Demand for many of the company’s chips grew during the quarter, which slowed down delivery to customers. Inventory remains low and the company is adding manufacturing capacity incrementally, executives said on a conference call. A new factory is scheduled to open next year.

Finance chief
Rafael Lizardi
told reporters and analysts that the company doesn’t know how long the global chip shortage is going to last.

“We’ve read the ranges that it is going to end soon, and others that say it is going to continue for quite some time,” Lizardi said. “We’re not going to forecast the fourth quarter, or even comment on how long the cycle will last because, honestly, we don’t know.”

For the third quarter, the company expects revenue of between $4.4 billion and $4.8 billion; the consensus estimate is $4.4 billion.

The company’s guidance indicates executives expect a strong quarter, Lizardi said.

As chip demand has surged far beyond supply, investors have come to expect semiconductor businesses to widely exceed earnings expectations and offer bullish guidance. Those that don’t face the wrath of investors.

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ZNGA – Zynga's Earnings Report Might Disappoint. Why the Stock Is Still a Buy.

People are spending roughly 7% less during the second quarter than the first with Zynga, according to KeyBanc analyst Tyler Parker.


Shares of


fell Friday, after a KeyBanc analyst warned investors that the mobile videogame company’s second-quarter earnings won’t include the typical upside investors have come to expect.

Zynga shares fell 1.4% to $10.53 during regular trading Friday, amid a broad rally across stocks.

Based on propriety Key First Look Data, KeyBanc analyst Tyler Parker wrote in a note late Thursday that people are spending roughly 7% less during the second quarter than the first with Zynga. Year-over-year spending remains up 21%.

The slowing spending could hurt Zynga’s live services, games that the company updates regularly to keep people involved, Parker wrote. Despite the concerns, Parker reiterated his Overweight rating on shares, and his $13.50 target price.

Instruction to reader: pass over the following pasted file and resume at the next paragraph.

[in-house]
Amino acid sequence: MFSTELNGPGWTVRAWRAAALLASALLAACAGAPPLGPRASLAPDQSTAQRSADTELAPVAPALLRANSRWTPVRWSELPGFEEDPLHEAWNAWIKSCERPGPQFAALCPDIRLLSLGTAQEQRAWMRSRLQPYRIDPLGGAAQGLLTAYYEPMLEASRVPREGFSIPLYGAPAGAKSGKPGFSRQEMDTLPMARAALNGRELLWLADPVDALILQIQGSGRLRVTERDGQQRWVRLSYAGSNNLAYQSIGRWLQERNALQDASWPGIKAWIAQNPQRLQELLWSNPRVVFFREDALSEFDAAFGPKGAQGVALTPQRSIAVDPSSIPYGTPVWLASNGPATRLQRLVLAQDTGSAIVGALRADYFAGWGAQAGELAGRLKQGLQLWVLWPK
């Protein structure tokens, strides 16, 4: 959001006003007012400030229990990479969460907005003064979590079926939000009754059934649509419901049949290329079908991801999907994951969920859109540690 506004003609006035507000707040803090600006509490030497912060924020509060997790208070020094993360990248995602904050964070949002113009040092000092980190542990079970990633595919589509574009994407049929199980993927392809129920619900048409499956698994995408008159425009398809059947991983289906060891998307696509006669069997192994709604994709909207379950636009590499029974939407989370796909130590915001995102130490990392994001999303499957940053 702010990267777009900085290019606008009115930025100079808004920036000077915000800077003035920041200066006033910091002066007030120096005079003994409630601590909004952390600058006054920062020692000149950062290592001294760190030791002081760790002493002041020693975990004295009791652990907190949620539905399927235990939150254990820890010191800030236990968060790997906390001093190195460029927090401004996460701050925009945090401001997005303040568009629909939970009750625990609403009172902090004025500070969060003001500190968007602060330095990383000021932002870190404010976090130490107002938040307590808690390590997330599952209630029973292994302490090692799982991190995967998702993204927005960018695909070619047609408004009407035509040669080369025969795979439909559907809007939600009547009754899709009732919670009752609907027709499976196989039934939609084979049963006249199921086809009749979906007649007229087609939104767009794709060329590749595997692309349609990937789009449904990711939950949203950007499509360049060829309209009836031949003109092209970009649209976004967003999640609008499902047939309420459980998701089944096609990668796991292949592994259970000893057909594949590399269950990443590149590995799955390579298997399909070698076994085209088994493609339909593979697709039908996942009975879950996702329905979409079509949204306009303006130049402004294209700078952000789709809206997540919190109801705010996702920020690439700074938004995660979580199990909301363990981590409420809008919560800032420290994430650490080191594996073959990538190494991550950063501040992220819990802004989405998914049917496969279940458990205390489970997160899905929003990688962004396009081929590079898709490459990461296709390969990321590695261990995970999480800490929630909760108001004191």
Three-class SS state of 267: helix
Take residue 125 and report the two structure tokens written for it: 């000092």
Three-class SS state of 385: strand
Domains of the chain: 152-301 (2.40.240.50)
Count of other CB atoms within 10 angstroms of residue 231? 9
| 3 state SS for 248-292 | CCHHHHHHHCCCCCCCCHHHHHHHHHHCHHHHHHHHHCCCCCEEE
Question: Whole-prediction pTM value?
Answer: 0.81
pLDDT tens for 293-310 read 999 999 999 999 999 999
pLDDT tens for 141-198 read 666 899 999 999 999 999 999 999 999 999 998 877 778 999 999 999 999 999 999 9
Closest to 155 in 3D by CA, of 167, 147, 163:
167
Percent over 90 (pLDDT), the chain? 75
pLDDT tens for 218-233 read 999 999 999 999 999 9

Zynga said it coudn’t comment due to the company’s quiet period ahead of earnings.

Throughout the Covid-19 pandemic, videogame companies have benefited from people stuck inside with little in the form of entertainment. Millions of new players have flocked to games, but KeyBanc’s data is potentially a sign that as pandemic restrictions lift, videogame companies may experience slowing growth.

Parker maintained his target price and rating on shares because he predicts Zynga’s advertising revenue could offset lost videogames bookings. Beyond the second quarter, Zynga also has a promising slate of game launches.

At a J.P. Morgan Securities conference in May, Zynga CEO
Frank Gibeau
said the company’s engagement and monetization rates remained elevated when it reported its first-quarter earnings. Even after the pandemic restrictions ease, people can still play short sessions of mobile games wherever they are, Gibeau said.

“Now, it might not be the same growth rate you saw during the pandemic, but recall that the mobile games business was growing at a pretty healthy rate prepandemic,” Gibeau said at the time.

Wall Street expects second-quarter adjusted earnings of 9 cents a share on bookings of $712.4 million when the company reports on August 5. Bookings are a common measure used by videogame companies that include the impacts of deferred revenue. Bookings estimates have remained roughly steady since the company reported earnings in early May.

Of the 19 analysts that cover Zynga stock, 17 rate it a Buy, one rates it a Hold, and the other a Sell. The average target price is $13.25, which implies an upside of 26%.